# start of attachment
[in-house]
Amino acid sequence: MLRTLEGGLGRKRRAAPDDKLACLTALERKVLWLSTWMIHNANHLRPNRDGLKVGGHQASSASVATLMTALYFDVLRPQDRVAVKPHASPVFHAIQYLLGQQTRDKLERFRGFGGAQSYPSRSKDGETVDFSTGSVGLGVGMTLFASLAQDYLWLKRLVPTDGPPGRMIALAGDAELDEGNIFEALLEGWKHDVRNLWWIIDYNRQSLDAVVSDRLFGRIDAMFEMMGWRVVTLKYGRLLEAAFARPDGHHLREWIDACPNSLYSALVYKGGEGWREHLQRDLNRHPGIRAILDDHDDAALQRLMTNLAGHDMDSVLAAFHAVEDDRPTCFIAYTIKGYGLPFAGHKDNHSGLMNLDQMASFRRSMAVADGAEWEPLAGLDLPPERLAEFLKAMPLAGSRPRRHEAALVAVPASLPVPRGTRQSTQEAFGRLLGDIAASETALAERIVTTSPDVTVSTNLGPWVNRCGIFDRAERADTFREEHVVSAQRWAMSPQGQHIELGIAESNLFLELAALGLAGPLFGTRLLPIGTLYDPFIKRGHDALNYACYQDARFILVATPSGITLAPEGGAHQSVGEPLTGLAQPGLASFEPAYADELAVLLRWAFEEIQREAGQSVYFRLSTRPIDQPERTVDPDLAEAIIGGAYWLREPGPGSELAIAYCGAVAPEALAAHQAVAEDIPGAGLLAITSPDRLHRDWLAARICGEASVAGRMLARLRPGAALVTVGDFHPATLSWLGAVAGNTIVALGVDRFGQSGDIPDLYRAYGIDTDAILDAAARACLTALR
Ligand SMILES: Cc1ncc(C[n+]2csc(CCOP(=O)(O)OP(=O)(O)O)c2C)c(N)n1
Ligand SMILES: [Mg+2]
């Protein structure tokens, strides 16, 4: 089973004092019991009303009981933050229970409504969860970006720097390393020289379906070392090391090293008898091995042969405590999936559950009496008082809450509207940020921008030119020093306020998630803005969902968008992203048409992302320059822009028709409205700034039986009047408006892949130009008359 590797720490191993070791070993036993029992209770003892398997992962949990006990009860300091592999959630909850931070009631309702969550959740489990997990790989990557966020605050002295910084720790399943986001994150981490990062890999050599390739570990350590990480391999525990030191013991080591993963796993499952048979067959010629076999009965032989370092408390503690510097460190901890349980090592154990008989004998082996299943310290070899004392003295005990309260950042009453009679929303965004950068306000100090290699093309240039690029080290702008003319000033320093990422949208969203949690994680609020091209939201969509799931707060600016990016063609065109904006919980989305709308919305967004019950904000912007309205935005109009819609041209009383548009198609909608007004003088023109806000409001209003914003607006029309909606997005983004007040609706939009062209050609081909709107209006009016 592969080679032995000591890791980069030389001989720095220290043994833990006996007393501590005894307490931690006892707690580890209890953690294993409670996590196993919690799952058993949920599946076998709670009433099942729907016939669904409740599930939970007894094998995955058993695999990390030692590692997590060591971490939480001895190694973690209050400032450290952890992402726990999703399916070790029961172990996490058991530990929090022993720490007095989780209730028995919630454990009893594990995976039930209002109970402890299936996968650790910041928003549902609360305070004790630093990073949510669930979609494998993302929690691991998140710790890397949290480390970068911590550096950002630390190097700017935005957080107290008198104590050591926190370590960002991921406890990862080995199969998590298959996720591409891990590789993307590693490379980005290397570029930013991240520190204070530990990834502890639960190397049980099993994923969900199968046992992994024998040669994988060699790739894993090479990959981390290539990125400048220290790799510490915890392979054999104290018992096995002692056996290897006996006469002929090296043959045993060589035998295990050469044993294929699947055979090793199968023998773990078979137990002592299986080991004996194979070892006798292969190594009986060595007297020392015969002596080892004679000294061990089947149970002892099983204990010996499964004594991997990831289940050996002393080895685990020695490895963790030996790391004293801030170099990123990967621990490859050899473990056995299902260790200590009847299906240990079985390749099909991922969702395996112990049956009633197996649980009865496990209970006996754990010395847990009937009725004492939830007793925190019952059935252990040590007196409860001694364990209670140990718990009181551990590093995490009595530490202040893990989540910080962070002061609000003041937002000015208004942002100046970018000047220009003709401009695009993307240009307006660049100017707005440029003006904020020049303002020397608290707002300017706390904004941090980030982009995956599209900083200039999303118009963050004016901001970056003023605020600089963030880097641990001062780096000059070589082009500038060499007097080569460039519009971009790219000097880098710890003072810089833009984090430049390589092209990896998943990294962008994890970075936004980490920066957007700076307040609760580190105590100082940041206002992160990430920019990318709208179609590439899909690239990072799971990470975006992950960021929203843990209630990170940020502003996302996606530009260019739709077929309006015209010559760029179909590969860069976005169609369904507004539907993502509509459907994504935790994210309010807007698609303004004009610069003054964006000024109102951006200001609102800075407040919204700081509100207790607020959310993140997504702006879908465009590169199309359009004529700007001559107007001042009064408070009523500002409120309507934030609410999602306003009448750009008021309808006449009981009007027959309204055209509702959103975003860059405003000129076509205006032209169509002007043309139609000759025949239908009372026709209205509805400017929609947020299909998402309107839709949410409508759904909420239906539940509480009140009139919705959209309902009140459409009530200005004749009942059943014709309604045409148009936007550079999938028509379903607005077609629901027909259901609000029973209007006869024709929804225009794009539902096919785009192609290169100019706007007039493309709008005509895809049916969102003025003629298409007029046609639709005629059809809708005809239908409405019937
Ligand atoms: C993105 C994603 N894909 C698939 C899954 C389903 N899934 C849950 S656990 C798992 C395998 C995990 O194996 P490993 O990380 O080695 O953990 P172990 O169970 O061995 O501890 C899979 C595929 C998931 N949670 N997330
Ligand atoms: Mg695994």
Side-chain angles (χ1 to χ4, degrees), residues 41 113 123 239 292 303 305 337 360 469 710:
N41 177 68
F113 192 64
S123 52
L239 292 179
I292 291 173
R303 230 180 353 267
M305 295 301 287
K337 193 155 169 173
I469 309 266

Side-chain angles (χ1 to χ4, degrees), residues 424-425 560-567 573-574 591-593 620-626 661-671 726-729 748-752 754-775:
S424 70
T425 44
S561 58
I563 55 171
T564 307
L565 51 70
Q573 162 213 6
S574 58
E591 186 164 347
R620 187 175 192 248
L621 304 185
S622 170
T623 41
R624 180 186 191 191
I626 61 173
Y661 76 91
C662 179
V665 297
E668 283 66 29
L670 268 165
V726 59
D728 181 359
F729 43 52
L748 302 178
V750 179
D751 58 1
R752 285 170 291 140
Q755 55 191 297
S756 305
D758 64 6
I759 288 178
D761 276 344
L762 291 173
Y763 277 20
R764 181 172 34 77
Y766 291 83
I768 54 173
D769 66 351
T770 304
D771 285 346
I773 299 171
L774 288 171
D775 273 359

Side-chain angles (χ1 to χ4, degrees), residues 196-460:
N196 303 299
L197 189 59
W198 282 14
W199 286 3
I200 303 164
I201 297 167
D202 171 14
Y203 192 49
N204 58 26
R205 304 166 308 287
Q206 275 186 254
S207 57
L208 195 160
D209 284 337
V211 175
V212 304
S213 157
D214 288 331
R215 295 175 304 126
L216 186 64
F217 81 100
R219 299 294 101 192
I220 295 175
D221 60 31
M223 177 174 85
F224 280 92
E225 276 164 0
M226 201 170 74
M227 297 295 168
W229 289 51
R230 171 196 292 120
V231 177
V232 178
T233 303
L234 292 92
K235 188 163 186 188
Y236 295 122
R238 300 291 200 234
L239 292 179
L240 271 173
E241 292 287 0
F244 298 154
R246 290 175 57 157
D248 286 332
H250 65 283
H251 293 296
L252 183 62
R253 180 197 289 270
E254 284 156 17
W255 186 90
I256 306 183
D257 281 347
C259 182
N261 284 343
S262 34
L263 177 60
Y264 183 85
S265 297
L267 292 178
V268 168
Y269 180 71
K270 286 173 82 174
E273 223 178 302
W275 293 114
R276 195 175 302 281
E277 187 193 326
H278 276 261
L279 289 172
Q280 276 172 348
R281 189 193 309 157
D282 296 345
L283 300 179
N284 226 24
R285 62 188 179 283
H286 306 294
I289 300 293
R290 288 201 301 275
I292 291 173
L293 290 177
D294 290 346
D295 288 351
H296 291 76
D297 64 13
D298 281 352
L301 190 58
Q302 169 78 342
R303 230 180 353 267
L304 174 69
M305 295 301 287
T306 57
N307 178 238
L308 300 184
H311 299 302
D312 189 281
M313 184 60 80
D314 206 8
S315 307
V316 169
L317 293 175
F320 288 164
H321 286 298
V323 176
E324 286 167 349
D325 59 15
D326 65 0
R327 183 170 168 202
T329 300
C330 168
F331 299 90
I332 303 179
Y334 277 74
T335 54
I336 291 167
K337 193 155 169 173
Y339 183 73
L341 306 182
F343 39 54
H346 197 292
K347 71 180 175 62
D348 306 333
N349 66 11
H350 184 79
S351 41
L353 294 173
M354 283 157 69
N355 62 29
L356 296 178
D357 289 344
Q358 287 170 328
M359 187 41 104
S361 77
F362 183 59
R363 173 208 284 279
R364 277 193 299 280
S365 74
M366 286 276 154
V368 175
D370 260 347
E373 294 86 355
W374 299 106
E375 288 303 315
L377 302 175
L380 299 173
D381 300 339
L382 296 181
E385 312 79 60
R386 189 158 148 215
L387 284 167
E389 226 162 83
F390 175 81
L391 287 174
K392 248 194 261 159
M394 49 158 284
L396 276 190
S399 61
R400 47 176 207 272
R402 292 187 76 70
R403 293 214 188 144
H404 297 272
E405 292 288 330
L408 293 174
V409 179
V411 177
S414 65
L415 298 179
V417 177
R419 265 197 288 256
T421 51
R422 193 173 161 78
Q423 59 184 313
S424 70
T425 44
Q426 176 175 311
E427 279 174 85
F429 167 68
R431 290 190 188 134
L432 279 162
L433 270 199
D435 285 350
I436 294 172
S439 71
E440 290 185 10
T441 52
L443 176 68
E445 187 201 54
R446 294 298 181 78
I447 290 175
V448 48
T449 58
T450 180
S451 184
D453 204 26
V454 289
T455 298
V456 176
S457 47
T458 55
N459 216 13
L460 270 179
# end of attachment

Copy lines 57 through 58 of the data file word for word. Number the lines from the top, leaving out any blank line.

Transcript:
T770 304
D771 285 346